J.C. Penney agrees to pay $4.5 million to settle 401(k) suit

Plaintiffs had alleged company was imprudent in continuing to offer company stock as an investment option after it had declined in value

Jan 6, 2017 @ 2:03 pm

By Greg Iacurci

Department-store chain J.C. Penney is poised to pay $4.5 million to settle allegations over company stock in the firm's 401(k) plan, following a district court judge's preliminary approval of the settlement.

Participants in the company's 401(k) plan filed a lawsuit, Ramirez v. J.C. Penney Corp., in 2014 after allegedly losing hundreds of millions of dollars in aggregate due to a decline in the price of the company's stock.

The plaintiffs claimed plan fiduciaries knew the company stock, which was offered as an investment option, was an imprudent investment because it was artificially inflated in value, and therefore breached the company's fiduciary duties.

The plan held roughly $514 million in the J.C. Penney Common Stock Fund around December 2011, roughly 15% of the $3.5 billion in plan assets at that time, according to the original complaint. In November 2011, the stock price was $31 per share, but declined to $9 per share as of September 2013.

Joey Thomas, a J.C. Penney spokesman, declined comment on the lawsuit. Jacob Zamansky, founder of an eponymous law firm representing plaintiffs, didn't respond to a request for comment.

More than 300 such stock-drop lawsuits have been filed within the past 15 or so years, when they first began to emerge, and many have been settled, according to Marcia Wagner, principal of The Wagner Law Group. The median settlement in such cases is around $6 million, she said.

A 2014 Supreme Court ruling in a stock-drop case, Fifth Third Bancorp v. Dudenhoeffer, made it more difficult to mount such lawsuits, according to Ms. Wagner.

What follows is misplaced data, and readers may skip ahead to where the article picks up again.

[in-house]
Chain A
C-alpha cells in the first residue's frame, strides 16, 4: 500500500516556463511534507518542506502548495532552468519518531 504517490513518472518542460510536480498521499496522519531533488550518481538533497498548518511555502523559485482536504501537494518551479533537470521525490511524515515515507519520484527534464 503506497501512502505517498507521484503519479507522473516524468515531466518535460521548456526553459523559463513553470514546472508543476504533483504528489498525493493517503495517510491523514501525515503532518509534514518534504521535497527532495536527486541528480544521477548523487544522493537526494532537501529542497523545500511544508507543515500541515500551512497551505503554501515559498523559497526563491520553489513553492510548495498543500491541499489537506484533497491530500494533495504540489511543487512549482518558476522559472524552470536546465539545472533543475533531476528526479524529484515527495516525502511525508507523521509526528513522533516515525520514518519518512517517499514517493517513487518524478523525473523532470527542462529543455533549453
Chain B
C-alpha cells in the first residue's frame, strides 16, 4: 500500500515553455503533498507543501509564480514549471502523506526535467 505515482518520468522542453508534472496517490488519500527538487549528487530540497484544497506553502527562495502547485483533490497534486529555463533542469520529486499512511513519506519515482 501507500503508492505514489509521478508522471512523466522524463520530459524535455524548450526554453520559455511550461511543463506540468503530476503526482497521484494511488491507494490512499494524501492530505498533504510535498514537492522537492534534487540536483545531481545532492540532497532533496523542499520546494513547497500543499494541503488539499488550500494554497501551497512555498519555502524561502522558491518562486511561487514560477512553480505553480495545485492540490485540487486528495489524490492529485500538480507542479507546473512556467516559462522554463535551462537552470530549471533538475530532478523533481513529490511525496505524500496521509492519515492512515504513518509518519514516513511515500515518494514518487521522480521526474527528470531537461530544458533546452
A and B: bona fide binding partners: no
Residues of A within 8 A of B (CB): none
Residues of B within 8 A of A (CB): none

“The Supreme Court now requires that a viable complaint must allege that a prudent fiduciary could not have concluded that actions disclosing the company's difficulties and divesting plan holdings in company stock would do the plan more harm than good,” Ms. Wagner said.

Roughly 18% of 401(k) plans offer company stock as an investment option, according to the Plan Sponsor Council of America.

That percentage has been trending downward, however. The consulting firm Callan Associates has witnessed a nearly 10 percentage point drop since 2009 in the number of defined contribution plans offering company stock, for example.

0
Comments

What do you think?

View comments

Recommended for you

Sponsored financial news

Featured video

Events

How 401(k) advisers can use 'centers of influence' to grow their business

Leveraging relationships with accounting, benefits, and property and casualty insurance firms can help deliver new business leads for retirement plan advisers.

Latest news & opinion

SEC advice rule may give RIAs leg up over broker-dealers

Experts say advisers will be able to point to their role as fiduciaries as a differentiator in the advice market.

Brokers accept proposed SEC rule on who can call themselves an adviser

Some say the rule will clear up investor confusion, but others say the SEC didn't go far enough.

SEC advice rule: Here's what you need to know

We sifted through the nearly 1,000-page proposal and picked out some of the most important points.

Cadaret Grant acquired by private-equity-backed Atria

75-year-old owner Arthur Grant positions the IBD for the 'next 33 years.'

SEC advice rule seeks to tighten reins on brokers

The proposed rule puts new restrictions on brokers, but it is still unclear how strongly the SEC is clamping down.

X

Hi! Glad you're here and we hope you like all the great work we do here at InvestmentNews. But what we do is expensive and is funded in part by our sponsors. So won't you show our sponsors a little love by whitelisting investmentnews.com? It'll help us continue to serve you.

Yes, show me how to whitelist investmentnews.com

Ad blocker detected. Please whitelist us or give premium a try.

X

Subscribe and Save 60%

Premium Access
Print + Digital

Learn more
Subscribe to Print